Today’s patients seem poised to adopt telehealth. Not only are they Google-empowered to look up treatments for common clinical conditions, but they can also go to a patient portal offered by most health systems to schedule their appointment or look up lab results. Technology has been the enabler, allowing anyone with a digital connection to log in to online health communities and support groups to share outcomes, ideas, and advice. Our customers can even take part in crowdsourcing efforts to collect data on chronic diseases such as inflammatory bowel disease (IBD) by logging onto a website and sharing their experience with the disease.
Healthcare providers are increasingly responding to the digital-enablement of our customers by creating innovative ways to engage them via their handheld digital devices. Telehealth is one such initiative, seeking to use the Internet, software, and computer hardware to bring the virtual house call to patients everywhere.
But The Commonwealth Fund says healthcare innovators and the patients they serve must still overcome barriers before widespread adoption of telemedicine technology can be achieved:
- The accessibility of technology itself is an issue. Studies show that 62 million Americans in urban settings and 16 million in rural communities do not have access to high-speed Internet. While it’s been widely reported that there is a digital health revolution, it seems that not everyone has access to an affordable broadband connection. Low health literacy also plays a factor; one study suggested 80 million Americans simply do not understand their health well enough to use technology to change it. As you might imagine, this disparity affects a disproportionate number of poor people. Health Affairs points out that poorer populations have a higher incidence of chronic care conditions, diseases where telehealth has proven to have a significant impact.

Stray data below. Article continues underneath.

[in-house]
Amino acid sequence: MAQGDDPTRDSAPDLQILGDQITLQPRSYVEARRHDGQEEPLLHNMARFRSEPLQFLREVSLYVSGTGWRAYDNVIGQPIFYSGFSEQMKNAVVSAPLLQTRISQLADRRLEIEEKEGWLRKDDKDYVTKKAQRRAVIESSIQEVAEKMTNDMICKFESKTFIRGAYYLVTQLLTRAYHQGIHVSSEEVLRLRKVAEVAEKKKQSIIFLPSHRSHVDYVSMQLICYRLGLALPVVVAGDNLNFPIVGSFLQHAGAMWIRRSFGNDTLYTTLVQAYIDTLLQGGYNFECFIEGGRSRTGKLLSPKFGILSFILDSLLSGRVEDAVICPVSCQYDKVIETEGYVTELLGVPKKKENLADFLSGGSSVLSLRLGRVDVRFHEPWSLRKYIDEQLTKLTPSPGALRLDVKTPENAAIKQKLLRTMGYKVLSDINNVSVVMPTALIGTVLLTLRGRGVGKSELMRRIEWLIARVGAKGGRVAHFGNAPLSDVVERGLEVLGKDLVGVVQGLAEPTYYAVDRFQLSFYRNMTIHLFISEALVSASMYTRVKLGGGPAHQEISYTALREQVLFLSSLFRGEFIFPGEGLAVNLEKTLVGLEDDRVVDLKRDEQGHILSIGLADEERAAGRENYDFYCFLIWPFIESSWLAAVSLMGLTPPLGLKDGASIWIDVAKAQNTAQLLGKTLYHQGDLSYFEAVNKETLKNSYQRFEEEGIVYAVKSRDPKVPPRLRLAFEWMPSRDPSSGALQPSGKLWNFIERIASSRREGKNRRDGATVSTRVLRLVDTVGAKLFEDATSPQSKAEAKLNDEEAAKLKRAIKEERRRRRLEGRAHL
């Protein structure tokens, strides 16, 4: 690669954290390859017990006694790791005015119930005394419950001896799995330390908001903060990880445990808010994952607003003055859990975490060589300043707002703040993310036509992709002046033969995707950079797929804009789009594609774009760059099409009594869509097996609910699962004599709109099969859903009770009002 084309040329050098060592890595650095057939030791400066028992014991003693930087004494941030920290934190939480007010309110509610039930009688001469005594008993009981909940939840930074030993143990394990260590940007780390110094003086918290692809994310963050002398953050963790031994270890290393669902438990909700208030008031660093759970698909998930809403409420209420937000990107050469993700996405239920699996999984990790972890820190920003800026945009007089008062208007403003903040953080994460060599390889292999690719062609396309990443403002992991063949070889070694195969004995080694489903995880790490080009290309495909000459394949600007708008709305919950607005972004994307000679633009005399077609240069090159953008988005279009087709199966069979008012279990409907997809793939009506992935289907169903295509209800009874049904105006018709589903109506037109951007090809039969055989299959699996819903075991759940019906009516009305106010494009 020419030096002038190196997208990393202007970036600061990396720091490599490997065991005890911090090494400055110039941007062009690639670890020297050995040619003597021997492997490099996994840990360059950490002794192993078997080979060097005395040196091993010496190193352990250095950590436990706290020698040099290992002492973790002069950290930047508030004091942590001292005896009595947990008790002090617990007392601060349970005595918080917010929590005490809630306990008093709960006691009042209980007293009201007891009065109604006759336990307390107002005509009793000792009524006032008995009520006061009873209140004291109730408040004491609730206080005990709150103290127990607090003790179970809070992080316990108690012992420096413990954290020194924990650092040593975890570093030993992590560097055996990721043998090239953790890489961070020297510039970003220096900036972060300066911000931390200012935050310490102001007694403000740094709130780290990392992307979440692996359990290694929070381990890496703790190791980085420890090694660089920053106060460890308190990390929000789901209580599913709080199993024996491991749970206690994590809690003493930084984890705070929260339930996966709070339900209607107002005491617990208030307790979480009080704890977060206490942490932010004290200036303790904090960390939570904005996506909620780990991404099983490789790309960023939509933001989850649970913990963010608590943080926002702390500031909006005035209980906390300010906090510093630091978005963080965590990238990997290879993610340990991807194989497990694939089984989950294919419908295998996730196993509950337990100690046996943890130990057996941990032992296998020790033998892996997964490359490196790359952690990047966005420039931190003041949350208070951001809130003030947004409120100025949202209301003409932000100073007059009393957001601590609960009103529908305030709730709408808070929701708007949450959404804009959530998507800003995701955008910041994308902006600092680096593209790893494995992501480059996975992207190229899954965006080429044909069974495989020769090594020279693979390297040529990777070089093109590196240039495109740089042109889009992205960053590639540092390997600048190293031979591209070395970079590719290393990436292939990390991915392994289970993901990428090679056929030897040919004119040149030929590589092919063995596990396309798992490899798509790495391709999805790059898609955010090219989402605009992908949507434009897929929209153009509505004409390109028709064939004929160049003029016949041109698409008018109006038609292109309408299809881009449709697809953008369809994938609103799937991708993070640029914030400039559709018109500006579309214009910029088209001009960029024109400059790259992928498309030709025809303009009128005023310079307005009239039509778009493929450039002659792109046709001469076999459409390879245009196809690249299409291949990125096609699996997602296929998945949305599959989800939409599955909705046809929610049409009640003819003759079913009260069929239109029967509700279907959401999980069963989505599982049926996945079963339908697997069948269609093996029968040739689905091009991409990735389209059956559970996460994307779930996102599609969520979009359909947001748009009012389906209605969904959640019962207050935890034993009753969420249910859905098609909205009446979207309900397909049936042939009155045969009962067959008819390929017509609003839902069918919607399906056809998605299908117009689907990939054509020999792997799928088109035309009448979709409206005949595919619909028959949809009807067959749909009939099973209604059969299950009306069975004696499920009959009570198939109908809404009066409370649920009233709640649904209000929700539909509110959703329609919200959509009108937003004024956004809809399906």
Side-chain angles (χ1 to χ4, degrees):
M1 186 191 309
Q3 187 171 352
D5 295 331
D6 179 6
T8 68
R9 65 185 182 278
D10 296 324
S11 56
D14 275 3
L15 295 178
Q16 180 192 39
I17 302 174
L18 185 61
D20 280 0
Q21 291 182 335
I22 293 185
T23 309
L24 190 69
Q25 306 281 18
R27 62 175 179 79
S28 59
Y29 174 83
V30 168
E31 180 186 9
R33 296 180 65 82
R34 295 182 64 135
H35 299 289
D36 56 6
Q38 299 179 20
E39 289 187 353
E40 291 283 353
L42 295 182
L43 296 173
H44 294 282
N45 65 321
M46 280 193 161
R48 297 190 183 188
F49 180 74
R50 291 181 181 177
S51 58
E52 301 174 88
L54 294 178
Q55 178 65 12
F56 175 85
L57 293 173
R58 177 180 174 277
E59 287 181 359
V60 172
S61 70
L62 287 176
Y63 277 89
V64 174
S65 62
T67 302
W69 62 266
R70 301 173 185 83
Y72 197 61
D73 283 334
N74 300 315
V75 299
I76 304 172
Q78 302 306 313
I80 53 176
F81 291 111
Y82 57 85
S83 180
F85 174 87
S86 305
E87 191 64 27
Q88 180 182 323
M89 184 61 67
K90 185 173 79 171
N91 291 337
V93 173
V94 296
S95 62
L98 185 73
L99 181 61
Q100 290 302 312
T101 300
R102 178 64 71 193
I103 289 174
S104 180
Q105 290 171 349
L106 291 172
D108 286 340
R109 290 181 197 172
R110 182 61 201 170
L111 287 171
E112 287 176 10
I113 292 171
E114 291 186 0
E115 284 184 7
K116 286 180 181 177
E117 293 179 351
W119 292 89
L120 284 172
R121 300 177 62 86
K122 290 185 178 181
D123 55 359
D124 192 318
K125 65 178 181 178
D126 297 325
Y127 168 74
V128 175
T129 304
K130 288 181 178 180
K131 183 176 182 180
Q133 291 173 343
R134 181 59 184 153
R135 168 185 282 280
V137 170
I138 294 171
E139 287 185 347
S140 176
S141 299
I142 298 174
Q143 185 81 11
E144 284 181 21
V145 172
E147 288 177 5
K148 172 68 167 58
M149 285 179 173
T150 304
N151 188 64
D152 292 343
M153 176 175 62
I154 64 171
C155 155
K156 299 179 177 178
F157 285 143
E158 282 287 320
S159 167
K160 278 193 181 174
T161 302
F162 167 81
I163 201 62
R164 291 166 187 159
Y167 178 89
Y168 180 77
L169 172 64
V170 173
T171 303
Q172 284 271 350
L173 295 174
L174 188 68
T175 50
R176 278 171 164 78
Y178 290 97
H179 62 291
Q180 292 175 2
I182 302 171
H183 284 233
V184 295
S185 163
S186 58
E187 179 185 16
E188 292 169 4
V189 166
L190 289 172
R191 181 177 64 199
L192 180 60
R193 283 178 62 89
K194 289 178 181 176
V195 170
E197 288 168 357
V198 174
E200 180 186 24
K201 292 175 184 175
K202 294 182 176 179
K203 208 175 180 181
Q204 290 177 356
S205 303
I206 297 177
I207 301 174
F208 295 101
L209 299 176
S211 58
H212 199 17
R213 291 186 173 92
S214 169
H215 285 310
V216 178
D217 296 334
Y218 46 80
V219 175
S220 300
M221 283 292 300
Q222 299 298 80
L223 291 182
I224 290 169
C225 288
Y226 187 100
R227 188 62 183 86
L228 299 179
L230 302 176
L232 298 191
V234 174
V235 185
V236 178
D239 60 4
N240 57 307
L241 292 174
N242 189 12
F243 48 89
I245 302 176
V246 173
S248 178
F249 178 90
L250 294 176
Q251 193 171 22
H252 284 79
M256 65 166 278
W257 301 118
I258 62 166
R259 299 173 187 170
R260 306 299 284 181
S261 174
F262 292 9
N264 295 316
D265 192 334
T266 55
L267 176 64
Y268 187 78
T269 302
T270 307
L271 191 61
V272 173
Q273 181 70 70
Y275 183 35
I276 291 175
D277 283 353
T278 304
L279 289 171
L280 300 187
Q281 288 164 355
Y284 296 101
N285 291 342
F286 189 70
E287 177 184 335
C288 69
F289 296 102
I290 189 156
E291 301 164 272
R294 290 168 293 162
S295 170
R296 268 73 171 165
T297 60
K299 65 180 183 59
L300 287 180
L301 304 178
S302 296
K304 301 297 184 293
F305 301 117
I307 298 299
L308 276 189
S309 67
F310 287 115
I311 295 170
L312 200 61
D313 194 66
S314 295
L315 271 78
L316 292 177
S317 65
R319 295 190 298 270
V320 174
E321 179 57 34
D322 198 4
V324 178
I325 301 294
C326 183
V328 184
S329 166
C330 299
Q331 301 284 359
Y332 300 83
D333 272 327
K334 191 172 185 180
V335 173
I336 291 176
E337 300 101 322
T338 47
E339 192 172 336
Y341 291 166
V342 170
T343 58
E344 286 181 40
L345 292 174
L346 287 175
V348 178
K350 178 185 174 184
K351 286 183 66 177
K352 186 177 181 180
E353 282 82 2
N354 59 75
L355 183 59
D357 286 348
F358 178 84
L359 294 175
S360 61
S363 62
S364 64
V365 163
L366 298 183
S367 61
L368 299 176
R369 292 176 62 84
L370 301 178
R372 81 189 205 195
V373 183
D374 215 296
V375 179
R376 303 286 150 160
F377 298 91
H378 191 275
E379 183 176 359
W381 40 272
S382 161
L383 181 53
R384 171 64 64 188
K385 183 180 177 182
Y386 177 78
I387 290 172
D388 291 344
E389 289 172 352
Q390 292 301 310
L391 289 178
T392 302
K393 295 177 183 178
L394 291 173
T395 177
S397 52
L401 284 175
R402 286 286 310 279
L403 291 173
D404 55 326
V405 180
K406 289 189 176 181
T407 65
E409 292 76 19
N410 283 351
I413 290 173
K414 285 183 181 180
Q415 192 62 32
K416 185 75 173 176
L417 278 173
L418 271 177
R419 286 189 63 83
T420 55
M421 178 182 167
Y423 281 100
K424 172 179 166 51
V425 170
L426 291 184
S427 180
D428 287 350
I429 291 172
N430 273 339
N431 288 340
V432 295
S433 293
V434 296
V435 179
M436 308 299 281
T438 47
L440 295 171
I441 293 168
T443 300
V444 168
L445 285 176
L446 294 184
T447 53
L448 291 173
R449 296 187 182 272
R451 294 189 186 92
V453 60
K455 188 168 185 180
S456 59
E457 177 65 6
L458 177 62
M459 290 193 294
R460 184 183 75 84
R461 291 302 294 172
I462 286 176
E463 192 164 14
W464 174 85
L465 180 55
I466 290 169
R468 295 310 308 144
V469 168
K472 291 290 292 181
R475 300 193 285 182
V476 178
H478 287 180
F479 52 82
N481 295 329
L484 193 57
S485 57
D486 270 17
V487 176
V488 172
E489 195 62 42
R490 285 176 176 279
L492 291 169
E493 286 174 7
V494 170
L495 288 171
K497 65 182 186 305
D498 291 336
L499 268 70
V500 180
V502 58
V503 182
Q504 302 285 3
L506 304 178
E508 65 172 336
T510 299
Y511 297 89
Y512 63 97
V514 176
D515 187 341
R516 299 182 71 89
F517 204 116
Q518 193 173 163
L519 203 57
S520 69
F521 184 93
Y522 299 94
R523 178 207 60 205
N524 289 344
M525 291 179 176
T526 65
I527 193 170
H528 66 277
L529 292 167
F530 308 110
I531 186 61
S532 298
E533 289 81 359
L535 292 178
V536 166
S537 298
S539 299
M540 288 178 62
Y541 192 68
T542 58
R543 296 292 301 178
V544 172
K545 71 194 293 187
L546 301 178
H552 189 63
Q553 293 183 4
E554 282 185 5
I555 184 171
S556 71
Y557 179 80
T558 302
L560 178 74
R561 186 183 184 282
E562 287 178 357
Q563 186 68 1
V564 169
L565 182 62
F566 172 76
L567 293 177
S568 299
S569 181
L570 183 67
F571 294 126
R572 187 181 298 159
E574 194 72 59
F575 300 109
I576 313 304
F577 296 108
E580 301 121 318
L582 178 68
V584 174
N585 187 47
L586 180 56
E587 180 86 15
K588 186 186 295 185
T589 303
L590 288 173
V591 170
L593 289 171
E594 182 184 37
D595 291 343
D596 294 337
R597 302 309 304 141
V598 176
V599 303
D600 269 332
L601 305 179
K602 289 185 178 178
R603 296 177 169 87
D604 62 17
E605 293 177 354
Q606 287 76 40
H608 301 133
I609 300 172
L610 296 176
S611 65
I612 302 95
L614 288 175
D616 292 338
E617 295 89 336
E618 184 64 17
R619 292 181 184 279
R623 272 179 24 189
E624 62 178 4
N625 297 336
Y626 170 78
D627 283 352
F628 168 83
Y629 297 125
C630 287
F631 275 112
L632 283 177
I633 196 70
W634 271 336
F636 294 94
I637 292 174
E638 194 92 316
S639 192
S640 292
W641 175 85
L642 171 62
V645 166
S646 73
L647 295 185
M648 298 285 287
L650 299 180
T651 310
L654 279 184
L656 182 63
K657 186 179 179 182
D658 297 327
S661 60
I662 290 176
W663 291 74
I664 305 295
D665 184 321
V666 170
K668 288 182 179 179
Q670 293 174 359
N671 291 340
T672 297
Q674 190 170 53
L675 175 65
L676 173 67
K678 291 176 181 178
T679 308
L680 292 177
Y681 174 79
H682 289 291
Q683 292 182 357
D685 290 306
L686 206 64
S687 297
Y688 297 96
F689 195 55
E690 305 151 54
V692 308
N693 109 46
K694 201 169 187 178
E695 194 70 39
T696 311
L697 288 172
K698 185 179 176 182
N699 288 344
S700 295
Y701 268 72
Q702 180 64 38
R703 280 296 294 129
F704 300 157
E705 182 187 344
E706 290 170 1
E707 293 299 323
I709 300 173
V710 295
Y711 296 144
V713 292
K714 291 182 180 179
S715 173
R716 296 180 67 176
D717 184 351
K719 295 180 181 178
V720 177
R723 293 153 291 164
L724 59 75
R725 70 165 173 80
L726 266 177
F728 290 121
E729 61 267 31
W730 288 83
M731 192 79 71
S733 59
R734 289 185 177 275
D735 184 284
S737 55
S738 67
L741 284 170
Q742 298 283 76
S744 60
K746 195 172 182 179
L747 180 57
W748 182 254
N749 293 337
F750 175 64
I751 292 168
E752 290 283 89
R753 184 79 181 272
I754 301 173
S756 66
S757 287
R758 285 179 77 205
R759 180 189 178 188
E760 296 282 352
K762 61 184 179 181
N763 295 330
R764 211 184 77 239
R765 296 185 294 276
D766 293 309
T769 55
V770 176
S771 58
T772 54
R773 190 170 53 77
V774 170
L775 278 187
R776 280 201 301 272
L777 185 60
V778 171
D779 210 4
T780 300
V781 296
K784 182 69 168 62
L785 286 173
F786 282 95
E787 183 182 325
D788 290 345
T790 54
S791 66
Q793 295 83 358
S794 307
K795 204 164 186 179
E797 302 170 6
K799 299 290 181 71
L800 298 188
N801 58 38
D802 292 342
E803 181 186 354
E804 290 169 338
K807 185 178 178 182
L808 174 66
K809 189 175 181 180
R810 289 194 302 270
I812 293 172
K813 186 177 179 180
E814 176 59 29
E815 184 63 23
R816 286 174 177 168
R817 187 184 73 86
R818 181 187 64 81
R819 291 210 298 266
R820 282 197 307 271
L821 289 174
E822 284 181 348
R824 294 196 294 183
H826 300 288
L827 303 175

- Clinician resistance to telehealth is perhaps not surprising; people are reluctant to change in general, but possibly, doctors in particular. A 2018 Deloitte study found:
--90% of doctors see value in virtual care but only 14% have adopted
--Only 18% plan on adopting telehealth in the near future.
--Only one-third of the providers that currently have telehealth use it
on a regular basis.
It doesn’t help, of course, that complex licensing and reimbursement have made telehealth more difficult to implement. Doctors say these difficulties are just one factor, however, citing the following concerns hampering their consideration of these tools:
- 22% say it just doesn’t fit their workflow.
- 23% say their patients aren’t interested in telehealth.
- 33% express concern about privacy and data security.
- 36% say they’re concerned about medical errors.
This reluctance is not mirrored at the hospital level. Health Leaders Media reports that 62% of employed physicians are using telehealth or some other digital healthcare delivery mechanism via their hospital or health system. The independent medical practice is lagging behind, with just 49% making use of some sort of digital tool today.
What’s Next for Telehealth?
The Center for Information Technology Leadership says that widespread use of telemedicine technology to help with early intervention and preventative care as well as clinical care coordination could save $3.61 billion annually in the U.S.
Today, we know digital technology can empower patients to take charge of their health while helping solve many of the most pressing problems in U.S. healthcare today. OrthoLive is firmly entrenched in the digital healthcare space; our telemedicine application helps orthopedic providers improve care outcomes while cutting costs. Find out more.